If I could borrow a line from one of my favorite blogs and twist it to my own uses: "Mid-April has so many anniversaries. Columbine. Waco. Oklahoma City. Virginia Tech." And, one year ago today, James and I broke up. "Break up" really is the best way to describe it; it's like a compound fracture. And after the initial nauseating, breath-taking agony, then the bone has to be set, and you go through it all over again. You immobilize the limb, try not to bump it or jostle it too much; you are cautious of it, you protect it, and keep your distance from anyone who might inadvertantly knock against it. Then the cast comes off, and you look in horror at the white, withered limb, atrophied from disuse. But eventually you start using it again, you sit outside in the sun, and to anyone else, it looks normal. And for the most part it is, although it still aches every once in a while, and every time it rains.
It's funny, the anniversaries you remember, keep track of, and those you don't. When we were together, we never celebrated our anniversary. We didn't even know what our anniversary was, what it would be. When you're not married, what do you consider the most important first? The first date? The first kiss? The first time you sleep together? The first I love you?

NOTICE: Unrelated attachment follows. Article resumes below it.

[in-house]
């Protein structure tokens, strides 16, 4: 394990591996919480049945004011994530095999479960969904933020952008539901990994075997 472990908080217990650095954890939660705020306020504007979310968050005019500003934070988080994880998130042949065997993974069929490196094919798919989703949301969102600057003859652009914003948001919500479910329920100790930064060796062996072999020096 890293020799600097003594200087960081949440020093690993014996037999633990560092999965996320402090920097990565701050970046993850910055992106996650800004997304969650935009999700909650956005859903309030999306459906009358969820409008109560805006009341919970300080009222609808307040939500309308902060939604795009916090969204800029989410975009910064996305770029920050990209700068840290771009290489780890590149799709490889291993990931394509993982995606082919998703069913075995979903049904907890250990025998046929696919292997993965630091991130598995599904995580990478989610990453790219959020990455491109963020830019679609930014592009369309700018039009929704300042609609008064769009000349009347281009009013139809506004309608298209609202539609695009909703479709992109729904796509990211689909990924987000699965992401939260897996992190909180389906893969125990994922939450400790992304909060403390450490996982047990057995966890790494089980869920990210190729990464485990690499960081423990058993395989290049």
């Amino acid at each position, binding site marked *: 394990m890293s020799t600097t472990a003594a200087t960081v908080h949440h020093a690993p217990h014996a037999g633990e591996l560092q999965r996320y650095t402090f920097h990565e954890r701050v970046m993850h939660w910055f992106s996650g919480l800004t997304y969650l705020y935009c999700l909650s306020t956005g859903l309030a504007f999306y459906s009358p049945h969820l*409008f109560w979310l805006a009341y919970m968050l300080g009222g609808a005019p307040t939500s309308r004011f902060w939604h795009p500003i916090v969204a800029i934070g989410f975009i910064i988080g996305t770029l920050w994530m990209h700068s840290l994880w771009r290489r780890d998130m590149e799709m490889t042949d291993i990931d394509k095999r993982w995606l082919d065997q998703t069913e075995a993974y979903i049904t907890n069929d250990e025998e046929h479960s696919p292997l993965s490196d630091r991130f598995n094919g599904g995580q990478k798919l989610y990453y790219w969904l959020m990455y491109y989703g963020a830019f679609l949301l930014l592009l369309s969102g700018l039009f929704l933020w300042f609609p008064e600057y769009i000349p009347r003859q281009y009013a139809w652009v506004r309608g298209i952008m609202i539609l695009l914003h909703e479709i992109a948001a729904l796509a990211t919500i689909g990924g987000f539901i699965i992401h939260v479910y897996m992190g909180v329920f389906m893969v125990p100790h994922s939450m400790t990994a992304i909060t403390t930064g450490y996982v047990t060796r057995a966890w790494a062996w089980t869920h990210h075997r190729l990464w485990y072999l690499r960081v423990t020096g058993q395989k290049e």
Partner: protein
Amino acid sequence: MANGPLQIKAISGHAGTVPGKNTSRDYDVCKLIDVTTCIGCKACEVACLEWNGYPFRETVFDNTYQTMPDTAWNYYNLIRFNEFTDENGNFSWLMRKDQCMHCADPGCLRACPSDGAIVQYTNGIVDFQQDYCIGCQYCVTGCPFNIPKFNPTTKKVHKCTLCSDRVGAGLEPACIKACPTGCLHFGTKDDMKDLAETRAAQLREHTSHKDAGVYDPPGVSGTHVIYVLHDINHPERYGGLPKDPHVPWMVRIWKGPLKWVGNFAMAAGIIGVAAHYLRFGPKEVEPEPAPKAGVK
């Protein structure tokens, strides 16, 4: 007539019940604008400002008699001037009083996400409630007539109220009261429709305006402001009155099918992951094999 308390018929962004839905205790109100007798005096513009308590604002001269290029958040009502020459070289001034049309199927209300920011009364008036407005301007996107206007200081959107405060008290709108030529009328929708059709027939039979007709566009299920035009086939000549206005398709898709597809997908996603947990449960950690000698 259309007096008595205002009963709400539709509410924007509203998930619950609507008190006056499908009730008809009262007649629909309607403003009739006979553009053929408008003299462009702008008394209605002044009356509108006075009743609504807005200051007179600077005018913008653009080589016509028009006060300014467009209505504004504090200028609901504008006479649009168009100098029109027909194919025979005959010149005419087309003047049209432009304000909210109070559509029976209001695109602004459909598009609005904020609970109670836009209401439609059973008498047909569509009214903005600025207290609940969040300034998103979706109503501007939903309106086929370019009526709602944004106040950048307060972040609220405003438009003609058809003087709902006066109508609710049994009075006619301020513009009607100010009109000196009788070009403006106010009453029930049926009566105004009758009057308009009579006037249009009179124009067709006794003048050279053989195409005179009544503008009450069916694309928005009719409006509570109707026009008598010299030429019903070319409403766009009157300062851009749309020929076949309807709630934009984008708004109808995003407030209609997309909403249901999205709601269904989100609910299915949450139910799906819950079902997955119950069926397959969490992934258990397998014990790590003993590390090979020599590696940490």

Our first date was on some forgotten day in mid-May. Our first kiss a couple weeks later. He asked me if he could call me his girlfriend on his roommate's birthday. He told me he loved me on his birthday. And then, three years later, our last kiss. A night like any other night. It was brief, business-like, the kiss. I was upset, and so I gave him a quick, dry-lipped peck, and he left. His roommate was waiting in the car, there was no time to make up, anyway. But I didn't know it would be the last kiss. I didn't know yet. It was a night of lasts, wholly unavoidable and unchangeable, and I didn't even know it yet. Then, the last phone call. Then, the last e-mail.
And then all of a sudden it was firsts again. First minute without him, first hour, first day. First year. And it's ok, I'm ok, but it still aches, every once in a while. Please excuse me. Allow me just a bit of sentimentality today.
The little cracks they escalated...Before we knew it was too late.
Lies, by Glen Hansard, from the movie Once